Gabby Petito, the young woman who vanished on a road trip with her boyfriend and later turned up dead in Wyoming, was killed by strangulation, a local coroner said on Tuesday.
Teton County Coroner Dr. Brent Blue, whose office had already ruled Petito's death a homicide, said she was killed about three to four weeks before her body was found on September 19. Her boyfriend, Brian Laundrie, 23, has been missing for nearly a month.
The autopsy took more than three weeks to complete and included outside specialists and an analysis of toxicology test results, Blue said.
"It was just a matter of making sure we had everything right," he said in an online news conference.
"It was quite the media circus and continues to be," he added. "Unfortunately, this is only one of many deaths around the country of people who are involved in domestic violence."
Petito, 22, was last seen alive on August 26. Her body was discovered near the remote Spread Creek Dispersed Campground in Bridger-Teton National Forest in western Wyoming.
The disappearance last month of the young woman during a cross-country road trip with her boyfriend captivated the country, first as an internet sensation and then as a tabloid mystery that grew more enigmatic by the day.
Petito and Laundrie, who lived with Laundrie's parents in North Port on Florida's west coast, embarked on their trip in early July from New York's Long Island, where her parents live.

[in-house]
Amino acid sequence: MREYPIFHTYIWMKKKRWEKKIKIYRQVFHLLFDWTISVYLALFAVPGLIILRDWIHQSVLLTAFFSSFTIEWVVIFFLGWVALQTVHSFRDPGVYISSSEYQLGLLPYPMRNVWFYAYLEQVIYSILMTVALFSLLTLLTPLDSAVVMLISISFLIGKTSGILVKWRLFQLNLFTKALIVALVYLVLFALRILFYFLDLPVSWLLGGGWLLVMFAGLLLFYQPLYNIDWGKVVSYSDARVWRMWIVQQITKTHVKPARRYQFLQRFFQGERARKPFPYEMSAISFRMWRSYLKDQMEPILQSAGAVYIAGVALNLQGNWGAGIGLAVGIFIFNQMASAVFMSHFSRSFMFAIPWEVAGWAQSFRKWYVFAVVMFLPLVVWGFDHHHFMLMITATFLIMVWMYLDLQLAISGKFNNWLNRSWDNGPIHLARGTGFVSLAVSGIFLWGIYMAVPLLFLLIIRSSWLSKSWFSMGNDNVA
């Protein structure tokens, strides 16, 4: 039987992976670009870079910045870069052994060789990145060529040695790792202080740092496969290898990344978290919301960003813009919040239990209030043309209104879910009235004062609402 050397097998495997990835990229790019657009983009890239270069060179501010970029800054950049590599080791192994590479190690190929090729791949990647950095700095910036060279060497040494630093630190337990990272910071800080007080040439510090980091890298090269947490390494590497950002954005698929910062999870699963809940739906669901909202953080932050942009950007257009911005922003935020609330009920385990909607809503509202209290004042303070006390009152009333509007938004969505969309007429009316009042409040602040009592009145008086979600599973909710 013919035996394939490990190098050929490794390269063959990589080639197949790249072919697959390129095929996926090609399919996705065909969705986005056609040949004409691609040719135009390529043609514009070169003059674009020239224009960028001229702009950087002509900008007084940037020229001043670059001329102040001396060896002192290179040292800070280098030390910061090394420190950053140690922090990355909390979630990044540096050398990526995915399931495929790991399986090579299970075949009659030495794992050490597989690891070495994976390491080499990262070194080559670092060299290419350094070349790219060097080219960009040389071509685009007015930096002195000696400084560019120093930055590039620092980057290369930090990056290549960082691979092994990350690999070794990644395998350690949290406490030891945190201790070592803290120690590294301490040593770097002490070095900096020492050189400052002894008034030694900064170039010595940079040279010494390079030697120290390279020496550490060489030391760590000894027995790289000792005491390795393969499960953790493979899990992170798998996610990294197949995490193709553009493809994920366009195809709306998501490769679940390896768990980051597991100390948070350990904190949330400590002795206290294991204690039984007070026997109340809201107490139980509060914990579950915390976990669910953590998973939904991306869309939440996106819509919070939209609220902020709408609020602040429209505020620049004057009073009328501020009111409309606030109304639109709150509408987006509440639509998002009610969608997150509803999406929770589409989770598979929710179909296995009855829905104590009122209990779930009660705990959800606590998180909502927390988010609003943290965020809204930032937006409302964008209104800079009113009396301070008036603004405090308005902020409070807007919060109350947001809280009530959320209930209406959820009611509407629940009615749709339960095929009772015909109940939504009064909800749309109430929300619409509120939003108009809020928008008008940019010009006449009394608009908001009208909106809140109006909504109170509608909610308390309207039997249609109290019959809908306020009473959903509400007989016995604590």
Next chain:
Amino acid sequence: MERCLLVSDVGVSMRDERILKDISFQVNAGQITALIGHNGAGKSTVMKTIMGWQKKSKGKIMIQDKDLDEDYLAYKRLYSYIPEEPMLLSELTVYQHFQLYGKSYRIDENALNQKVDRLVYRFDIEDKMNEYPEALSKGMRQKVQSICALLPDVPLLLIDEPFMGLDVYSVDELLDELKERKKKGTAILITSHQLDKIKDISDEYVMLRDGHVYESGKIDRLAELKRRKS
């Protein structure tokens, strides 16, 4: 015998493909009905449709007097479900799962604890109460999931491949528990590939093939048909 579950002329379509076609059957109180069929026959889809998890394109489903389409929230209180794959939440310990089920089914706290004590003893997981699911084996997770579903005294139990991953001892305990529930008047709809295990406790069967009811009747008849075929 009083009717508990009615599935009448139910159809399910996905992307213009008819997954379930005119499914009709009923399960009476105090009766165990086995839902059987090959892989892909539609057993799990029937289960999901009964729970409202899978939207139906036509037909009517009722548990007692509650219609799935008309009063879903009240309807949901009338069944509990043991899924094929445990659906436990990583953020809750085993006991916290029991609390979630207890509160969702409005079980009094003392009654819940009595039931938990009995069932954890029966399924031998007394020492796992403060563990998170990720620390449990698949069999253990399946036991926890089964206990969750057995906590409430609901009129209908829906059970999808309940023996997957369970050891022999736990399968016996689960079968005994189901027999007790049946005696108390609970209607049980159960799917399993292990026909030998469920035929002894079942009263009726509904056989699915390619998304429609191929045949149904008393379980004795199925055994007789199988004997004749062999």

As they travelled through Kansas, Colorado, Utah and points west, Petito documented their "van life" on social media with videos and pictures that depicted a loving couple having an American adventure. She posted her final photo to Instagram on August 25, the same day she last spoke to her mother by phone.
Laundrie returned without her on September 1 to his family's North Port home driving Petito's white van. Ten days later, Petito's mother, Nicole Schmidt, reported her missing to police in New York.
With the search becoming more public after Florida police named Laundrie a person of interest in the case, police in Moab, Utah, released bodycam footage on September 15 that suggested a darker side to the couple's sunny social media veneer.
After a caller reported seeing Laundrie striking Petito, Moab police pulled over their van on August 12 and questioned them for more than an hour. Both acknowledged having argued, and Petito tearfully said she had struck Laundrie on the arm.
No charges were filed, but police ordered the two to stay in separate lodgings for the night.
Laundrie, who had refused to talk to North Port police on the advice of his lawyer, has not been seen since September 14, when his parents later said he told them he was going for a hike in the nearby Carlton Reserve wilderness area.
Police and Federal Bureau of Investigation agents, using divers, tracking dogs and helicopters, have turned up no sign of him in the swampy, alligator-infested wilderness area.
On September 23, a federal grand jury in Wyoming indicted Laundrie on a charge of fraudulently using Petito's bank debit card between August 30 and September 1 to spend $1,000 or more.
He has not been charged in her death.